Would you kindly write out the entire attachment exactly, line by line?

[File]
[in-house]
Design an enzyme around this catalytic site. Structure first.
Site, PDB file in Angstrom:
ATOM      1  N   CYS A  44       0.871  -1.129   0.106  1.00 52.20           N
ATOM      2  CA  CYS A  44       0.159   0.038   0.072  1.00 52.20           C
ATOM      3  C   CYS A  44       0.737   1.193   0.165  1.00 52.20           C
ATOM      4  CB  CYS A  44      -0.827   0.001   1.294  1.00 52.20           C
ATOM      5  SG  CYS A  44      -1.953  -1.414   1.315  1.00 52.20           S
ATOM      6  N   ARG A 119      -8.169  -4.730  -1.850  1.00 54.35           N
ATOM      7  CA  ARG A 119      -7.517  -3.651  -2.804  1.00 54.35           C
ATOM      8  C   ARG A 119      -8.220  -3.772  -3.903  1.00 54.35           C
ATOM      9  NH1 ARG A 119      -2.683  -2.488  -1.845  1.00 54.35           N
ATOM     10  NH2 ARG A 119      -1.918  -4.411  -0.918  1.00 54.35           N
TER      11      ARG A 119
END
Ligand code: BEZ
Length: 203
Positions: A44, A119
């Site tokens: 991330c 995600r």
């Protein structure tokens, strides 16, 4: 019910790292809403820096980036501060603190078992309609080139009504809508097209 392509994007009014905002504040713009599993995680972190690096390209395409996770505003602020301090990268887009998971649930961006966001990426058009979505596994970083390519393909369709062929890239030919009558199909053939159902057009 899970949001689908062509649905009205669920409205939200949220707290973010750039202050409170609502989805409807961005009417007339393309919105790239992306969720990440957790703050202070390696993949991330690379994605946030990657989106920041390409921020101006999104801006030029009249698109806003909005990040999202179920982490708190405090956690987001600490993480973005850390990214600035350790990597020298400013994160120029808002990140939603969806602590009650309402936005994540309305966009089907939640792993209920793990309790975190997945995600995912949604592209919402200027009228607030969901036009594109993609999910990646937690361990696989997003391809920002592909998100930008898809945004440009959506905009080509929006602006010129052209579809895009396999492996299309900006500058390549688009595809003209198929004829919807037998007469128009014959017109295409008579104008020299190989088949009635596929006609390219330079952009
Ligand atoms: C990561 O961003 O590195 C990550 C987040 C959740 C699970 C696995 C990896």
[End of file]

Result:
[in-house]
Design an enzyme around this catalytic site. Structure first.
Site, PDB file in Angstrom:
ATOM      1  N   CYS A  44       0.871  -1.129   0.106  1.00 52.20           N
ATOM      2  CA  CYS A  44       0.159   0.038   0.072  1.00 52.20           C
ATOM      3  C   CYS A  44       0.737   1.193   0.165  1.00 52.20           C
ATOM      4  CB  CYS A  44      -0.827   0.001   1.294  1.00 52.20           C
ATOM      5  SG  CYS A  44      -1.953  -1.414   1.315  1.00 52.20           S
ATOM      6  N   ARG A 119      -8.169  -4.730  -1.850  1.00 54.35           N
ATOM      7  CA  ARG A 119      -7.517  -3.651  -2.804  1.00 54.35           C
ATOM      8  C   ARG A 119      -8.220  -3.772  -3.903  1.00 54.35           C
ATOM      9  NH1 ARG A 119      -2.683  -2.488  -1.845  1.00 54.35           N
ATOM     10  NH2 ARG A 119      -1.918  -4.411  -0.918  1.00 54.35           N
TER      11      ARG A 119
END
Ligand code: BEZ
Length: 203
Positions: A44, A119
């Site tokens: 991330c 995600r």
């Protein structure tokens, strides 16, 4: 019910790292809403820096980036501060603190078992309609080139009504809508097209 392509994007009014905002504040713009599993995680972190690096390209395409996770505003602020301090990268887009998971649930961006966001990426058009979505596994970083390519393909369709062929890239030919009558199909053939159902057009 899970949001689908062509649905009205669920409205939200949220707290973010750039202050409170609502989805409807961005009417007339393309919105790239992306969720990440957790703050202070390696993949991330690379994605946030990657989106920041390409921020101006999104801006030029009249698109806003909005990040999202179920982490708190405090956690987001600490993480973005850390990214600035350790990597020298400013994160120029808002990140939603969806602590009650309402936005994540309305966009089907939640792993209920793990309790975190997945995600995912949604592209919402200027009228607030969901036009594109993609999910990646937690361990696989997003391809920002592909998100930008898809945004440009959506905009080509929006602006010129052209579809895009396999492996299309900006500058390549688009595809003209198929004829919807037998007469128009014959017109295409008579104008020299190989088949009635596929006609390219330079952009
Ligand atoms: C990561 O961003 O590195 C990550 C987040 C959740 C699970 C696995 C990896």